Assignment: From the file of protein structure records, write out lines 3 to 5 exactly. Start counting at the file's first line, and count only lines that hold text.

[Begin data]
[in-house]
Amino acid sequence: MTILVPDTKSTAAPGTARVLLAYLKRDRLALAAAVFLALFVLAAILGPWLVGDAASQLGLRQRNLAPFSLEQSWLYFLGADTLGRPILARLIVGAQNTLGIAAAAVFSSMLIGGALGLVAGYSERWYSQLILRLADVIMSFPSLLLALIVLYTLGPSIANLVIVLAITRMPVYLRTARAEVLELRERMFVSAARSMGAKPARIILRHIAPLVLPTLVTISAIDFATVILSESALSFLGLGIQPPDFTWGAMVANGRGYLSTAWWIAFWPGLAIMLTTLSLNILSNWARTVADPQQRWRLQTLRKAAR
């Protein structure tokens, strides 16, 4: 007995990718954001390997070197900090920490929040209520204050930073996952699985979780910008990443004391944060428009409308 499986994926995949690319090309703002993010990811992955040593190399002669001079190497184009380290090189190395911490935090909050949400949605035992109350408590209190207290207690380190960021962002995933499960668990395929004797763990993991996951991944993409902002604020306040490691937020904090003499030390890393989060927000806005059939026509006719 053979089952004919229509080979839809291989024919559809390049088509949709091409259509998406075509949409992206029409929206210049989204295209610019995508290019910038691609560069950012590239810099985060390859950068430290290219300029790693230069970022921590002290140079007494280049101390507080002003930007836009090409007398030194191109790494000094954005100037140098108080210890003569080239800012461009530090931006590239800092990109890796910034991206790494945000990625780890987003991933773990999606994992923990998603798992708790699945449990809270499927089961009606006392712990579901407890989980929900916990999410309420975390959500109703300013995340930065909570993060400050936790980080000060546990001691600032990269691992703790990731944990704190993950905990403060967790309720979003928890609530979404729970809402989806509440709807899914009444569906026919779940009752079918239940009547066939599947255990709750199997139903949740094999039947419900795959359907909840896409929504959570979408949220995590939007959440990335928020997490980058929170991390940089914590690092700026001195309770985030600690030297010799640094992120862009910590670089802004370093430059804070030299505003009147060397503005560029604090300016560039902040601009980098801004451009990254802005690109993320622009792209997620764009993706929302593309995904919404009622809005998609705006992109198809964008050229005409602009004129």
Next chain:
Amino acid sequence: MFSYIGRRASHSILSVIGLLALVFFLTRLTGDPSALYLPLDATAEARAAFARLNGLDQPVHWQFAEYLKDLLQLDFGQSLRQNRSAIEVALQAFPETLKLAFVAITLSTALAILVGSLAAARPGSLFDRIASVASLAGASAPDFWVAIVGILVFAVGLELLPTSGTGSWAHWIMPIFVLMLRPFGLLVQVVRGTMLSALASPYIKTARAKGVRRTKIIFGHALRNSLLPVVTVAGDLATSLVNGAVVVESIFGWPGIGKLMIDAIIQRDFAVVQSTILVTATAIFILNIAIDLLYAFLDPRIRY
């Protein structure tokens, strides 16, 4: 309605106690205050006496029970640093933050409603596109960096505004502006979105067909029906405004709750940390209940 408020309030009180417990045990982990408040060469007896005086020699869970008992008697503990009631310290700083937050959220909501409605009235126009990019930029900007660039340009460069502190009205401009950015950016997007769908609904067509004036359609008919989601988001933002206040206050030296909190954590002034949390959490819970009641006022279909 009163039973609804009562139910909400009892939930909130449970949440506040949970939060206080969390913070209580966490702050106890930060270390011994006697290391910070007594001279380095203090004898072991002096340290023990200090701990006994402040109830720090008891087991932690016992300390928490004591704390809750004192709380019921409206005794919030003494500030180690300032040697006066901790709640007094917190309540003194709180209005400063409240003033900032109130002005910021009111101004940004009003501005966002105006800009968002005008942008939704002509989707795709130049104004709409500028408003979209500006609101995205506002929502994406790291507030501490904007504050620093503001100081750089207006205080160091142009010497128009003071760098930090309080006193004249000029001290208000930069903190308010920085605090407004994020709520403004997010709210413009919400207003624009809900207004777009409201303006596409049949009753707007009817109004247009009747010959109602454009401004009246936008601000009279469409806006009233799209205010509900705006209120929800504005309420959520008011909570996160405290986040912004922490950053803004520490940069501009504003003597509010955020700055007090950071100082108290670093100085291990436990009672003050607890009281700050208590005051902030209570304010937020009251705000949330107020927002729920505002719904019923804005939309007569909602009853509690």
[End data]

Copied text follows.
């Protein structure tokens, strides 16, 4: 007995990718954001390997070197900090920490929040209520204050930073996952699985979780910008990443004391944060428009409308 499986994926995949690319090309703002993010990811992955040593190399002669001079190497184009380290090189190395911490935090909050949400949605035992109350408590209190207290207690380190960021962002995933499960668990395929004797763990993991996951991944993409902002604020306040490691937020904090003499030390890393989060927000806005059939026509006719 053979089952004919229509080979839809291989024919559809390049088509949709091409259509998406075509949409992206029409929206210049989204295209610019995508290019910038691609560069950012590239810099985060390859950068430290290219300029790693230069970022921590002290140079007494280049101390507080002003930007836009090409007398030194191109790494000094954005100037140098108080210890003569080239800012461009530090931006590239800092990109890796910034991206790494945000990625780890987003991933773990999606994992923990998603798992708790699945449990809270499927089961009606006392712990579901407890989980929900916990999410309420975390959500109703300013995340930065909570993060400050936790980080000060546990001691600032990269691992703790990731944990704190993950905990403060967790309720979003928890609530979404729970809402989806509440709807899914009444569906026919779940009752079918239940009547066939599947255990709750199997139903949740094999039947419900795959359907909840896409929504959570979408949220995590939007959440990335928020997490980058929170991390940089914590690092700026001195309770985030600690030297010799640094992120862009910590670089802004370093430059804070030299505003009147060397503005560029604090300016560039902040601009980098801004451009990254802005690109993320622009792209997620764009993706929302593309995904919404009622809005998609705006992109198809964008050229005409602009004129």
Next chain:
Amino acid sequence: MFSYIGRRASHSILSVIGLLALVFFLTRLTGDPSALYLPLDATAEARAAFARLNGLDQPVHWQFAEYLKDLLQLDFGQSLRQNRSAIEVALQAFPETLKLAFVAITLSTALAILVGSLAAARPGSLFDRIASVASLAGASAPDFWVAIVGILVFAVGLELLPTSGTGSWAHWIMPIFVLMLRPFGLLVQVVRGTMLSALASPYIKTARAKGVRRTKIIFGHALRNSLLPVVTVAGDLATSLVNGAVVVESIFGWPGIGKLMIDAIIQRDFAVVQSTILVTATAIFILNIAIDLLYAFLDPRIRY